‘Italy win would put our Six Nations back on track,’ says Hamish Watson

Azzurri hold no fear for flanker despite losing against them on his international debut in 2015

Hamish Watson says the Scotland team recognise the importance of next weekend's Six Nations clash against Italy. Image: FOTOSPORT/DAVID GIBSON
Hamish Watson says the Scotland team recognise the importance of next weekend's Six Nations clash against Italy. Image: FOTOSPORT/DAVID GIBSON

HAMISH WATSON made his Scotland debut against Italy just under five years ago, during the 2015 Six Nations championship in which the team ended up with the wooden-spoon having not won a single game.

He came off the bench with about half an hour to play in place of Johnnie Beattie with Scotland 16-15 ahead, and ended up being yellow-carded with 30 seconds left on the clock for collapsing a maul which was motoring hard towards the Scottish line. Referee George Clancy also awarded the penalty try which gave the visitors a 19-22 victory. It was the last time the Azzurri won a match in the championship.

“It’s a lovely stat so thanks for mentioning it,” chuckled Watson, when he was reminded of the occasion last week. “It was actually an alright debut apart from that moment, but people always remember that moment.”

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Fortunately, the tearaway flanker is not the sort of character who will expend valuable energy worrying about incidents in his rear-view mirror. There is always another battle in front to prepare for, and as this year’s Italian encounter looms over the horizon, he points out that a lot has changed in five short years.

“If this was my second cap then I’d probably be thinking about that game but it’s long gone,” he shrugs. “It was a long time ago and we were in a bad place during that Six Nations.”

The inference is that Scotland are not in a bad place in this Six Nations, despite having lost their opening two games and being deprived of the talents of star stand-off Finn Russell, who walked out of camp two weeks before the championship got under way, and now appears to be caught in a Mexican stand-off with head coach Gregor Townsend.

Watson has a point. Scotland were well in the game against both Ireland and England, and those are not matches they have any right to expect to win. The team has played with spirit, and if certain aspects of their performance have not been up to scratch [notably breakdown and composure in the opposition 22 versus Ireland and line-out versus England], then other areas [such as defence and general game shape] have exceeded external expectations.

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“We are all under pressure but even if we had won our opening two games then we’d still be under a massive amount of pressure going to Italy,” says Watson.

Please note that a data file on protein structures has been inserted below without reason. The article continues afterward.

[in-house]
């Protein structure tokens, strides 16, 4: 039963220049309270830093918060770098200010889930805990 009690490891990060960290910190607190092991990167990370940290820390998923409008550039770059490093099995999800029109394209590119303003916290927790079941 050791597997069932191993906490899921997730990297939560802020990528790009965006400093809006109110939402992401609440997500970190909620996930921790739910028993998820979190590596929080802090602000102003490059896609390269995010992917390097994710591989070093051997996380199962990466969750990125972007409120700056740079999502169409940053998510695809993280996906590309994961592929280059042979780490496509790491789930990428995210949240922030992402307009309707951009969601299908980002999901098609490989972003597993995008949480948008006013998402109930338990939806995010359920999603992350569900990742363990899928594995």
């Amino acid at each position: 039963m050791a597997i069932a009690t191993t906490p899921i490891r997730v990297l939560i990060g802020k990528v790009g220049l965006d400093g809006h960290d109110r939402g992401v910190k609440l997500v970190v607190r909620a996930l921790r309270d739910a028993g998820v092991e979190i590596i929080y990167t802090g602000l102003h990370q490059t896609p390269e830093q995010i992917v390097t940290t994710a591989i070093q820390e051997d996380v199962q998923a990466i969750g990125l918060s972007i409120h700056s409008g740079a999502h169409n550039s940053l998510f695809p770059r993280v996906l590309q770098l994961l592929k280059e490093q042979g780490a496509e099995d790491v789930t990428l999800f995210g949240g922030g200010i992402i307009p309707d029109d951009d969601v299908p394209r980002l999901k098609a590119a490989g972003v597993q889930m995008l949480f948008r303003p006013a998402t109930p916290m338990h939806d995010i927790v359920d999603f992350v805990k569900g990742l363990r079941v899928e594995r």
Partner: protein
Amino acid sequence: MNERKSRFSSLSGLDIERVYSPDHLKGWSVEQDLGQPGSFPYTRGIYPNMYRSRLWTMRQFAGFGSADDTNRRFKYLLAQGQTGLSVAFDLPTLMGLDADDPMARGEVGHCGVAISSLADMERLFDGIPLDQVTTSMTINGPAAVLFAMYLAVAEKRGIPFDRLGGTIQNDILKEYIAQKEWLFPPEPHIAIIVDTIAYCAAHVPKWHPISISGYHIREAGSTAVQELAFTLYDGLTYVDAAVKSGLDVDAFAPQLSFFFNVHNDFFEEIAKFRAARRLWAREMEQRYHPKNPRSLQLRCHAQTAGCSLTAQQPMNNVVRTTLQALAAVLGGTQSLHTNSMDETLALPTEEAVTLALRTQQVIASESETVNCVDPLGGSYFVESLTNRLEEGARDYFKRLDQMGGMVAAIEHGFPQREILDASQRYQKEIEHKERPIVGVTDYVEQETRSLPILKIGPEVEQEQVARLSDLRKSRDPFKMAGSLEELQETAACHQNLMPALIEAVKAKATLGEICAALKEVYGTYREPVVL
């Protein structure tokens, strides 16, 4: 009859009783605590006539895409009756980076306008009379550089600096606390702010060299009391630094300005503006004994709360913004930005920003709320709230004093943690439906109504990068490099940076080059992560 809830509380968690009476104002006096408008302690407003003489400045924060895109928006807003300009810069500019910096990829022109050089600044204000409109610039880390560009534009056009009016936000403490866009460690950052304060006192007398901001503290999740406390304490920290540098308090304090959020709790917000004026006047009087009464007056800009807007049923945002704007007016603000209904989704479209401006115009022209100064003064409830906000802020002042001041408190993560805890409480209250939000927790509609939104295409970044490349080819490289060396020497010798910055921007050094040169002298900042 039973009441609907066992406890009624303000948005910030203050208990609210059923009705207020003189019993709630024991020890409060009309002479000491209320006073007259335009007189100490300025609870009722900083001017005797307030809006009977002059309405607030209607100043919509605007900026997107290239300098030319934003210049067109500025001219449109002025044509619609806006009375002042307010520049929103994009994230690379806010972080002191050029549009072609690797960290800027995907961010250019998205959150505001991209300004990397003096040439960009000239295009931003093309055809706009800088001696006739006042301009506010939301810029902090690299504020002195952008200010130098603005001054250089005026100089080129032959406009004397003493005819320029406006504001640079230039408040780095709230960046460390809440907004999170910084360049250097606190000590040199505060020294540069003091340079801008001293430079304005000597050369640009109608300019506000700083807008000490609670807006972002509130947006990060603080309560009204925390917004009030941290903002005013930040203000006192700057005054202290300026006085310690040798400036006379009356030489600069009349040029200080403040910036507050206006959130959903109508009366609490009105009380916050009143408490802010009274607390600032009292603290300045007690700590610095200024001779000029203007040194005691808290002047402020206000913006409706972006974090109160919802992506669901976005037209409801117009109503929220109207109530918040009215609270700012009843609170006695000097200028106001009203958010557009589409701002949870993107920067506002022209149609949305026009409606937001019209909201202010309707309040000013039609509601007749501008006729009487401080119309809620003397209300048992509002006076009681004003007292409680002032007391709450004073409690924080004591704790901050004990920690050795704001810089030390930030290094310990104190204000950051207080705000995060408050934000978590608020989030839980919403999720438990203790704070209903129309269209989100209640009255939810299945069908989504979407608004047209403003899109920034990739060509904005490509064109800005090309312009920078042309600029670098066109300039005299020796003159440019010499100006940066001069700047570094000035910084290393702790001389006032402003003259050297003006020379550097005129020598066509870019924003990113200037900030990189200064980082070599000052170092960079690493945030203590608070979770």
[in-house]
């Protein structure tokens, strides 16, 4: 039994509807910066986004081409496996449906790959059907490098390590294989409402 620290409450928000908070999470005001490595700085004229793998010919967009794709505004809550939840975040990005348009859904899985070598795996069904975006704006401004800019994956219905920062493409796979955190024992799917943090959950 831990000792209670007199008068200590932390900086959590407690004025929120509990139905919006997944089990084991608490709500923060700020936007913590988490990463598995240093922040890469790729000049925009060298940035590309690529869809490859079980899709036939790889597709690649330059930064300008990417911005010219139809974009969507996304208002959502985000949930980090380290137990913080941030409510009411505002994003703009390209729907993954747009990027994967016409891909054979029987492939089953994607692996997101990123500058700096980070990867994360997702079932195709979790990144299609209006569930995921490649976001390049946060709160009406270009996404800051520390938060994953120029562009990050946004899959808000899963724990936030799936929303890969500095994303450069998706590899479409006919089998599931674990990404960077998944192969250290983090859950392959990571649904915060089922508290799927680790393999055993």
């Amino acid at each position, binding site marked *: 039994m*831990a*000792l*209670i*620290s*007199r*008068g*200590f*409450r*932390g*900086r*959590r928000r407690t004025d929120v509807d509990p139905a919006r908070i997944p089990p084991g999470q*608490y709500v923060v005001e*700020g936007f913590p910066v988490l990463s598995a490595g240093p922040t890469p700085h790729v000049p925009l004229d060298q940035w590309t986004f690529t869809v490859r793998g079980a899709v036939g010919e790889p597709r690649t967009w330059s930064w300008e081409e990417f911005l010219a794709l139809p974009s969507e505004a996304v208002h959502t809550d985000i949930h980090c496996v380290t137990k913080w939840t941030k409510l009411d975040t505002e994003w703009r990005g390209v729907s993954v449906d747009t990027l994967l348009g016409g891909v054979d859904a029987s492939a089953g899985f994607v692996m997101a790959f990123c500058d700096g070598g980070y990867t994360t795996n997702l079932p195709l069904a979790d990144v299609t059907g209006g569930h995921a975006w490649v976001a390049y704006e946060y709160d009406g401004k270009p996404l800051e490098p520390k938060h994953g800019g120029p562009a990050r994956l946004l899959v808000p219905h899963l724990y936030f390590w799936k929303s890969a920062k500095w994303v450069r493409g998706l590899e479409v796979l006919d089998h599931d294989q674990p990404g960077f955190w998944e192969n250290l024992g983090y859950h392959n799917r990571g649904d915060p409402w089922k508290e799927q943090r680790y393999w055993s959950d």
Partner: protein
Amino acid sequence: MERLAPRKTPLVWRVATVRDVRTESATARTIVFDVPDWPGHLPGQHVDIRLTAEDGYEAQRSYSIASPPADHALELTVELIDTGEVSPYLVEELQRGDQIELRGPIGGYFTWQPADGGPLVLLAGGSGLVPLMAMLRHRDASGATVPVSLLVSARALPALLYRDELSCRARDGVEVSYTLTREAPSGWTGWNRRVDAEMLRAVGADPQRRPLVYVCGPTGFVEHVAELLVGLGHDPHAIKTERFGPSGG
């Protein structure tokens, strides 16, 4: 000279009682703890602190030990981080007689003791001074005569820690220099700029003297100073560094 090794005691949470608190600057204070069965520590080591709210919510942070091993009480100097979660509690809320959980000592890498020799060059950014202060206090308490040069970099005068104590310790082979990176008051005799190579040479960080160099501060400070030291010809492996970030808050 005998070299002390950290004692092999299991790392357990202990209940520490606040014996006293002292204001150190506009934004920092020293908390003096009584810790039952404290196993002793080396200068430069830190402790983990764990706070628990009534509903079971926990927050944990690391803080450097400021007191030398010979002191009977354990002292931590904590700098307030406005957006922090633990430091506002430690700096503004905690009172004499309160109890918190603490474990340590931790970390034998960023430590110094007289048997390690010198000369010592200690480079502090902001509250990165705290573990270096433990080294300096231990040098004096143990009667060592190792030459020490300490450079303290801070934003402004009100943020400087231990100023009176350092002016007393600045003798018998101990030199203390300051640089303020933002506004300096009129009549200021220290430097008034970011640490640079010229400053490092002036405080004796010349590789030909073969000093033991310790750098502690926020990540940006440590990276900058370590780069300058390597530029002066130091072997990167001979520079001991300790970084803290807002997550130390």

“It’s always a game that’s tough and we know it’s a game that they target as well. They started slowly against Wales, but we know how hard it is playing against the Welsh away from home. It’s going to be a massive contest against a side who looked a lot better against France.

“We are all professional rugby players and it’s about how you handle it [pressure]. This is a massive game and one where we can get ourselves back on track. If we can get the win in Italy then our tournament is right back on track.”

Scotland have not lost to Italy in seven meeting since that fateful day in 2015, but in the aftermath of their World Cup flop and the Russell-affair this match is far more problematic and potentially damaging if it doesn’t go the right way than any of those previous encounters.

“We are a close-knit group and we are doing well off the field,” concluded Watson. “It’s a matter of time before we get a few performances.”

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About David Barnes 4004 Articles
David has worked as a freelance rugby journalist since 2004 covering every level of the game in Scotland for publications including The Herald/Sunday Herald, The Sunday Times, The Telegraph, The Scotsman/Scotland on Sunday/Evening News, The Daily Record, The Daily Mail/Mail on Sunday and The Sun.


  1. “Put our six nations back on track”???

    Another SRU media department-drafted interview fluff-piece.

    What a load of utter nonsense. Our six nations has long since derailed. It was off-track before the world cup, and will remain so until we actually have a governance and coaching structure that doesn’t lurch from the sublime to the ridiculous at every competitive match.

    Let’s just stop with the nonsense and tell it how it is.

    1. We have a group of individuals with varying talents that cannot act as a squad or team.

    2. We have a coach who cannot adjust his tactics to suit variable opponents, and has zero personality that he is willing to share with the fans.